In the beginning there will be very little difference between you and your business.
You'll think about it all the time. Your finances and your schedule will be interconnected. You'll obsess over details. Business results will affect your mood. It will become part of your identity. Therefore it makes good business sense to work on you. The better you are, the better your business will be.
Entrepreneurship is very similar to athletics. Your performance on race day is tied to every aspect of your life. So, to become an Olympic-calibre business owner, you need to perform these five steps:
1. Exercise the body
They say entrepreneurship is a marathon and not a sprint. Endurance counts.
You won't be much of a CEO if you are dead. Burning out before you finish the race is not an option.
Invest in physical activity to keep your body and mind in shape. Schedule at least three workouts each week—and stick to it. Hit the gym, ride your bike, take a walk, splash in a pool or chase your kids around a park.
Read: How A Workaholic Found Balance. For one entrepreneur, spiritual growth lead to $20 million in sales growth.
Saying "I don't have the time" is a lame excuse. The world can wait for an hour while you treat your body to some fun. You'll be amazed how your business appointments and obligations magically fit around your unmovable exercise regimen. You'll return refreshed and focused, and ready to continue your business journey.
2. Exercise the mind
Olympic athletes pay just as much attention to mental conditioning as they do to physical training. They understand that both their minds and their bodies must be trained to perform well. Entrepreneurs are no different.
As a business owner, you'll be called upon to perform a wider range of specialized tasks than required by any previous job. Your mind will be challenged to quickly learn about things like business financing, marketing, selling, production, operations, human resources management and taxation. You'll need to learn those things while you deal with day-to-day anxieties concerning payroll, customer orders, cranky investors and budget shortfalls.
Keep your head about you. Work at preparing your mind for the challenges entrepreneurship will present daily. Read helpful business books, enrol in courses or join a peer mentoring group. Schedule a vacation. Set realistic working hours. Go home and play with your kids.
3. Positive associations only
Remember those bad neighbourhood kids your mother warned you about? The ones who smoked cigarettes in the school parking lot, drank liquor stolen from their parents and scoffed at their school studies.
They were the cool kids and we wanted to hang out with them, despite their bad influence.
Many of us maintain these kinds of negative relationships well into our adult lives. It could be someone who throws cold water on our aspirations, doubts our abilities or is perpetually negative about our ideas. Out of a desire to maintain a personal history, we sometimes continue to associate with people who outright diminish our spirit, our mood and our motivation.
Recognize that you are the company you keep. If you plan to be a winner in business, associate with a better group of people while minimizing (where possible) your association with the negative ones.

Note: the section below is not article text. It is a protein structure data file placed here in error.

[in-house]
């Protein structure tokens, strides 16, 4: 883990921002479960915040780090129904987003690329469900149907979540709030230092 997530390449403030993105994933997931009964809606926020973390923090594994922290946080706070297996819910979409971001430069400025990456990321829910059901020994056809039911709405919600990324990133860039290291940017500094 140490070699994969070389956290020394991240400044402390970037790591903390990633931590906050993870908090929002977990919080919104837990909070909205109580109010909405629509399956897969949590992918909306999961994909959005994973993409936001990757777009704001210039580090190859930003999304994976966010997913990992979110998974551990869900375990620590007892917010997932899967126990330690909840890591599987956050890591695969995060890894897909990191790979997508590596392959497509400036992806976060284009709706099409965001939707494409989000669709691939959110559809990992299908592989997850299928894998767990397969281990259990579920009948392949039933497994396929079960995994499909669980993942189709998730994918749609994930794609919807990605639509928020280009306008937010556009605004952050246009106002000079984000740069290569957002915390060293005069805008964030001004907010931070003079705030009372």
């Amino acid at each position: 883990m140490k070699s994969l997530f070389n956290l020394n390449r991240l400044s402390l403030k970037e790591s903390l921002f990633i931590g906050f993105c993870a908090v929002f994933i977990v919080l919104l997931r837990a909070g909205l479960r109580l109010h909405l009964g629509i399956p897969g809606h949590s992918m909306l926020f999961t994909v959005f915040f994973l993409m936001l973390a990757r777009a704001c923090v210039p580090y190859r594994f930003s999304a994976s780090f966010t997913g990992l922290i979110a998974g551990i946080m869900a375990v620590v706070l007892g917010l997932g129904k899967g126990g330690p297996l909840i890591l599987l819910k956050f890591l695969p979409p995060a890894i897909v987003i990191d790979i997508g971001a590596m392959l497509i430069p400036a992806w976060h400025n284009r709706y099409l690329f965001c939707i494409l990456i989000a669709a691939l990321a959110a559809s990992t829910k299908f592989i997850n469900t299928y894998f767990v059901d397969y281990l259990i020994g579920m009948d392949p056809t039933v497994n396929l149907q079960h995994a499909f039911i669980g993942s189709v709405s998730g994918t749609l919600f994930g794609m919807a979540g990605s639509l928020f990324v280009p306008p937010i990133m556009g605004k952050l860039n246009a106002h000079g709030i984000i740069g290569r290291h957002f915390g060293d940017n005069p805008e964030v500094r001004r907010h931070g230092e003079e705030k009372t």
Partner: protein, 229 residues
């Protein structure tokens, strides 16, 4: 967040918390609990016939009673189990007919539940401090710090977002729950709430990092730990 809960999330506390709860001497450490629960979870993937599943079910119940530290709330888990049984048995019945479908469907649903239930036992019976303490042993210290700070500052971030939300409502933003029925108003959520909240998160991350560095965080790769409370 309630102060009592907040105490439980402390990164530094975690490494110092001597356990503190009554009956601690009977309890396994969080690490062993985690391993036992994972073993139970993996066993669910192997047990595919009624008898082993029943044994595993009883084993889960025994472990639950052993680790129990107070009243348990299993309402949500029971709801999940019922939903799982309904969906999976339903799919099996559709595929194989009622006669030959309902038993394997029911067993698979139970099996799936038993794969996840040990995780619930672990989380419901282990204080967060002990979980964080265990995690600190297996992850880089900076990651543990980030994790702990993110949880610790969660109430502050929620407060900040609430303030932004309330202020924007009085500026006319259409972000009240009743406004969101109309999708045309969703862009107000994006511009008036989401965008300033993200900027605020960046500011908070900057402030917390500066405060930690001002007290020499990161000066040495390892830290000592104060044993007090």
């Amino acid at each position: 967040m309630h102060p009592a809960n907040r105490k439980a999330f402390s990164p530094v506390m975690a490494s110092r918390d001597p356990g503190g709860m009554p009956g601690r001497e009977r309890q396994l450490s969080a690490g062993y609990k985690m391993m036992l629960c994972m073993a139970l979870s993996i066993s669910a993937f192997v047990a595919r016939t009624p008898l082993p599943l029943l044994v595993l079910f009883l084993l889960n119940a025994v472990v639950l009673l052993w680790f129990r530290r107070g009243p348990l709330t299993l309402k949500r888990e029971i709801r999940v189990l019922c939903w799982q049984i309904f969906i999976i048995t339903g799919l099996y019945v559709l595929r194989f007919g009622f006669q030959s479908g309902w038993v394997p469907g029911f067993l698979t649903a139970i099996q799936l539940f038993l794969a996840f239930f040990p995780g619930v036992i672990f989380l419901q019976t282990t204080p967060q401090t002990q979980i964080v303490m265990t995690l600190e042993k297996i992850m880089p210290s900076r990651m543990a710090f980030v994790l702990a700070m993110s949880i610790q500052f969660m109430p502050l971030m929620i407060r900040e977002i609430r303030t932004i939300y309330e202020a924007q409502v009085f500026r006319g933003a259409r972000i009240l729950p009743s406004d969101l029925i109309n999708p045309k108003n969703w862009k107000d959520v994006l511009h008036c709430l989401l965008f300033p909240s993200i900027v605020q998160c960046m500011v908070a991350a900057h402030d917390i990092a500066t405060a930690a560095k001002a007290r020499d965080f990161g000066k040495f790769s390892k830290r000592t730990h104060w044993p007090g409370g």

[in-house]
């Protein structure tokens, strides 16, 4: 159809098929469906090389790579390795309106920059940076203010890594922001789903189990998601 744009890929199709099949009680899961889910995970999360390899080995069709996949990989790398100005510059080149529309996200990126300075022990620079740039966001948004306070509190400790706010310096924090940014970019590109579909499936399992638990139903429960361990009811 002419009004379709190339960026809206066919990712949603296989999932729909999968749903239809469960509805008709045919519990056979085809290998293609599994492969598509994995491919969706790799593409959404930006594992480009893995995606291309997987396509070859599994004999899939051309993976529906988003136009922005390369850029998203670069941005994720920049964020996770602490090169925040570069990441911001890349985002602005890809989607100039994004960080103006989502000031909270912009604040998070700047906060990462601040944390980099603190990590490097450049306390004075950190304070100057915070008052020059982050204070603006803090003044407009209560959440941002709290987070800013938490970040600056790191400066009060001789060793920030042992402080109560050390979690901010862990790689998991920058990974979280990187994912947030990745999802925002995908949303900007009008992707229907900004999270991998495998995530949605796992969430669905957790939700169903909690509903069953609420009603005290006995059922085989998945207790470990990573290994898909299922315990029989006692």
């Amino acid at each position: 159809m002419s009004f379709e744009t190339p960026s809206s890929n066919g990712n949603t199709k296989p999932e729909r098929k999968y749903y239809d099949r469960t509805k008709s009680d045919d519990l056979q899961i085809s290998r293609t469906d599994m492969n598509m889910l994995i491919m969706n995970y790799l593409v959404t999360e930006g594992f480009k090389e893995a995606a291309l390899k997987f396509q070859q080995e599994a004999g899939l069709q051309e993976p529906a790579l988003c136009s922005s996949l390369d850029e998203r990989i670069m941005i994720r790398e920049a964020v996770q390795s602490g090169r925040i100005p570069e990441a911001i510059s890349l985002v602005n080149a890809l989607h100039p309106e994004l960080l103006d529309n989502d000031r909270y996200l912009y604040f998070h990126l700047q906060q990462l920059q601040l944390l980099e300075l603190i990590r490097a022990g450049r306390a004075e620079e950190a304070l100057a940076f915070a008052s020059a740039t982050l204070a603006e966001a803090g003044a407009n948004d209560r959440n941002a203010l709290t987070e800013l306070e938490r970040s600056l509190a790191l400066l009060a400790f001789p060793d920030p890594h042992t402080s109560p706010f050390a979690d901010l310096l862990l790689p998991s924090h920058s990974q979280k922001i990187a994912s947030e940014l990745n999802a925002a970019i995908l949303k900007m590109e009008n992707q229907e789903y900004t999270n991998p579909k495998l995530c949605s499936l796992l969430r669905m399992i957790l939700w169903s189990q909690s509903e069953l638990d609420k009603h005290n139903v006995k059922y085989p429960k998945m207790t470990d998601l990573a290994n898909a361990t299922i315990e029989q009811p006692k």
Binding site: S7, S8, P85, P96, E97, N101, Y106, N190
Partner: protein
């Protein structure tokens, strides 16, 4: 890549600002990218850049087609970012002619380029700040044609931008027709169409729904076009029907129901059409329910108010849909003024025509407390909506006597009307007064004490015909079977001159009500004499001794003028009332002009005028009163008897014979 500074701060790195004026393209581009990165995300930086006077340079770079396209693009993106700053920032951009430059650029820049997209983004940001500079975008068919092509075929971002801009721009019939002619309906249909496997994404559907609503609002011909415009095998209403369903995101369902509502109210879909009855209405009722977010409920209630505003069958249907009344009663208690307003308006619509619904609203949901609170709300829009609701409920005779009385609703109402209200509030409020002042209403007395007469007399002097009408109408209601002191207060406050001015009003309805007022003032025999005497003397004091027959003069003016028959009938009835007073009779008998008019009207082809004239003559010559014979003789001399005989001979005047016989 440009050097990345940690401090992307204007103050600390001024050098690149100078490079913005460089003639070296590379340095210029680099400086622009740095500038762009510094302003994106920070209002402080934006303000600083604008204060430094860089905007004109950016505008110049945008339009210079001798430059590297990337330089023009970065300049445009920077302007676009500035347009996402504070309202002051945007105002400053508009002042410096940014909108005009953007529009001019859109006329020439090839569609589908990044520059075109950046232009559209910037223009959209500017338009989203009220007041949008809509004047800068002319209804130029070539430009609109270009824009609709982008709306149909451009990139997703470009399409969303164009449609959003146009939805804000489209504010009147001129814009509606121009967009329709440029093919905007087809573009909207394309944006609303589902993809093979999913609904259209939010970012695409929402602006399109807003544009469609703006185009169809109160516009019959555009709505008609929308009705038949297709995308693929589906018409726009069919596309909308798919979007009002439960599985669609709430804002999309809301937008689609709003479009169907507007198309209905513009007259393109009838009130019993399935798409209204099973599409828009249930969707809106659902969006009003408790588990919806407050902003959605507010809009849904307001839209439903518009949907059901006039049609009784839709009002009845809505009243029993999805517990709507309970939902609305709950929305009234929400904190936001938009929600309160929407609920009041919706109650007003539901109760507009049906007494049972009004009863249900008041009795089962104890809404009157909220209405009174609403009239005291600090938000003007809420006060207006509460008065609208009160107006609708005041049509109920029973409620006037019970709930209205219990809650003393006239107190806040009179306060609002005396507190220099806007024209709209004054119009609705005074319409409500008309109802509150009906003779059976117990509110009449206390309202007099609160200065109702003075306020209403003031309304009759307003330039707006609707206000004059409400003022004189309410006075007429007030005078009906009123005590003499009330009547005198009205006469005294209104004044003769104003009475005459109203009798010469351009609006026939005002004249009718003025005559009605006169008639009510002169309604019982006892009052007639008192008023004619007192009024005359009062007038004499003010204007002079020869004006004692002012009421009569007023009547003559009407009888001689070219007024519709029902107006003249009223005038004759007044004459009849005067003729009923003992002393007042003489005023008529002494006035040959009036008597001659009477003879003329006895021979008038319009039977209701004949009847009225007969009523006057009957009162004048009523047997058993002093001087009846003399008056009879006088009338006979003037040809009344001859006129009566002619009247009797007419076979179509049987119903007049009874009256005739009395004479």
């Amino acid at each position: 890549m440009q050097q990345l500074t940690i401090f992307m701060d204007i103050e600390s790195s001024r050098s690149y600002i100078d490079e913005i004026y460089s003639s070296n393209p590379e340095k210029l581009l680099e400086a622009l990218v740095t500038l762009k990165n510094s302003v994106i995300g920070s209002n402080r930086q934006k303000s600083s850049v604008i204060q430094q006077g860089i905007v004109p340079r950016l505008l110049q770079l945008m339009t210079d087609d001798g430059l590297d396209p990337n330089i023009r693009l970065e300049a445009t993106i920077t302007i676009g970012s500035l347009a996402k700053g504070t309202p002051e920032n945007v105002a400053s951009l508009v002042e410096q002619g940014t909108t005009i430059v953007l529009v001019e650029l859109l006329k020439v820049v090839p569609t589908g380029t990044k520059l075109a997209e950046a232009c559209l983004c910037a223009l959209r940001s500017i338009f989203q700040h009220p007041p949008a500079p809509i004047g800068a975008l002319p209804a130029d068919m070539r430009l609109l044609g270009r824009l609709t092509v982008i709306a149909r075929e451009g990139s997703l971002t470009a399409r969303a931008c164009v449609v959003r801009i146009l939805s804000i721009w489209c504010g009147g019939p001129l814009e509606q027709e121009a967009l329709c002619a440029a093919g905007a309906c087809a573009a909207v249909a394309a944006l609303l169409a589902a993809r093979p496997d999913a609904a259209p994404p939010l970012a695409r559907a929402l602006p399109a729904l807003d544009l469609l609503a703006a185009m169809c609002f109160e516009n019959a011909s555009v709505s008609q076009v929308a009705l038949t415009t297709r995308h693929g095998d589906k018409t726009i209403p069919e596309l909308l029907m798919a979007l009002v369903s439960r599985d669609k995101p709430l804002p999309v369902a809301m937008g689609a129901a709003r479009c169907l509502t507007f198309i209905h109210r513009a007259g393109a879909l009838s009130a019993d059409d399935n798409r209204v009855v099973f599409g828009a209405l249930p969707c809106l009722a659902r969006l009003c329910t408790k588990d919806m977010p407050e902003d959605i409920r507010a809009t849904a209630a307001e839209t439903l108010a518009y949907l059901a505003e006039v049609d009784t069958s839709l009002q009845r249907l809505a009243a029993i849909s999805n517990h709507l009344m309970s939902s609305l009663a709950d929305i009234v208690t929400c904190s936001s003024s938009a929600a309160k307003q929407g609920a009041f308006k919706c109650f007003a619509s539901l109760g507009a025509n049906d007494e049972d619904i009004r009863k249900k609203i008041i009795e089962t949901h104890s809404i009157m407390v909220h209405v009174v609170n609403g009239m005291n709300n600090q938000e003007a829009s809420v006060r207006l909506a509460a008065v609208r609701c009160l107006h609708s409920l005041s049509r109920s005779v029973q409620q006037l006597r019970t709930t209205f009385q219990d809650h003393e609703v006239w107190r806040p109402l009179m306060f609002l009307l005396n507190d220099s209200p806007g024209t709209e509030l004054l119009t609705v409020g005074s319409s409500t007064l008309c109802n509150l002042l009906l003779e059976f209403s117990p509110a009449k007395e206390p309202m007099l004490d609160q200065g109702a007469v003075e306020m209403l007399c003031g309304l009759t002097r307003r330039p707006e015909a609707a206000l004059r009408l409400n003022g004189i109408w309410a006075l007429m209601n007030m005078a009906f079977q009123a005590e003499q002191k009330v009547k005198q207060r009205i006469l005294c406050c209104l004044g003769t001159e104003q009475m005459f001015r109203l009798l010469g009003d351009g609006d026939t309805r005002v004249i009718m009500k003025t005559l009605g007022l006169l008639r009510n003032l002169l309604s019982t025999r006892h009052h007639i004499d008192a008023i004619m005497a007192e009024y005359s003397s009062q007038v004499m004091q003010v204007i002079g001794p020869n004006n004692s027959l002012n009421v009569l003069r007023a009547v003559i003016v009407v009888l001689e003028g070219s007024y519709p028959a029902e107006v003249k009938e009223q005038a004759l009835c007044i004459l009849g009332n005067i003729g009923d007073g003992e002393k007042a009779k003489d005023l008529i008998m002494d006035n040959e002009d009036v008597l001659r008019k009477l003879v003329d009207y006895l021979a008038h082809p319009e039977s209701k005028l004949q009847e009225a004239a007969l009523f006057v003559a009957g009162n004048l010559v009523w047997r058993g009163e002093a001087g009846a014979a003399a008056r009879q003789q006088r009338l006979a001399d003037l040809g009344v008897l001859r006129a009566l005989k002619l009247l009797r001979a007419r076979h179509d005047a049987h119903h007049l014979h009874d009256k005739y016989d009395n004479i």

4. Focus your energy
Entrepreneurs have a lot of ideas. We constantly think up new things to do and embrace exciting new initiatives. But this positive attribute can also be a negative one.
The most successful people know how to focus. They make a plan, set objectives, secure resources, put their head down and go for it.
Entrepreneurs get easily distracted by shiny opportunities. I speak from experience—I once owned and operated five small companies at the same time. Because my attention and energy were so diluted, none of those businesses performed well.
Pick a business or project and stick with it. For many well-intentioned and ambitious entrepreneurs, diversification is really just another word for distraction.
5. Work on it, not in it
Whether it's a day each week or a day each quarter, be sure to schedule some time to work on your business rather than in it. Building, not doing, is the key to business success.
For example, many entrepreneurs waste countless hours entering their invoices and receipts into accounting software. Hire a bookkeeper to do that for you. Delegate or automate non-essential tasks to inexpensive labour. This frees up your time to undertake these business-building activities:
- Develop or improve the systems powering your business;
- Nurture key relationships or alliances to generate income;
- Promote your business within the marketplace;
- Meet with professional advisors.
Read: Strategic Time Management for eight easy ways to better manage your time.
Becoming a high-performing entrepreneur takes time. Nobody's perfect. Start with a commitment to improve your performance in any of these key areas. Pick something you'd like to try and just do it—like joining a peer mentoring group. Schedule in the rest of these improvement challenges over time. Don't overwhelm yourself by taking on too much change at once. Practice pace—sprinters rarely complete marathons.
Roger Pierce is the founder of NewcomerStartup.com, co-author of the book Thriving Solo: How to Grow a Successful Business and one of Canada's top experts on starting up. Roger helps others get into business by sharing what he's learned from launching 11 companies.
Stay tuned for the final instalment of Roger's startup series on creating a vision to dr
ove your business.
Build a better startup and read the rest of Roger's 10-part series.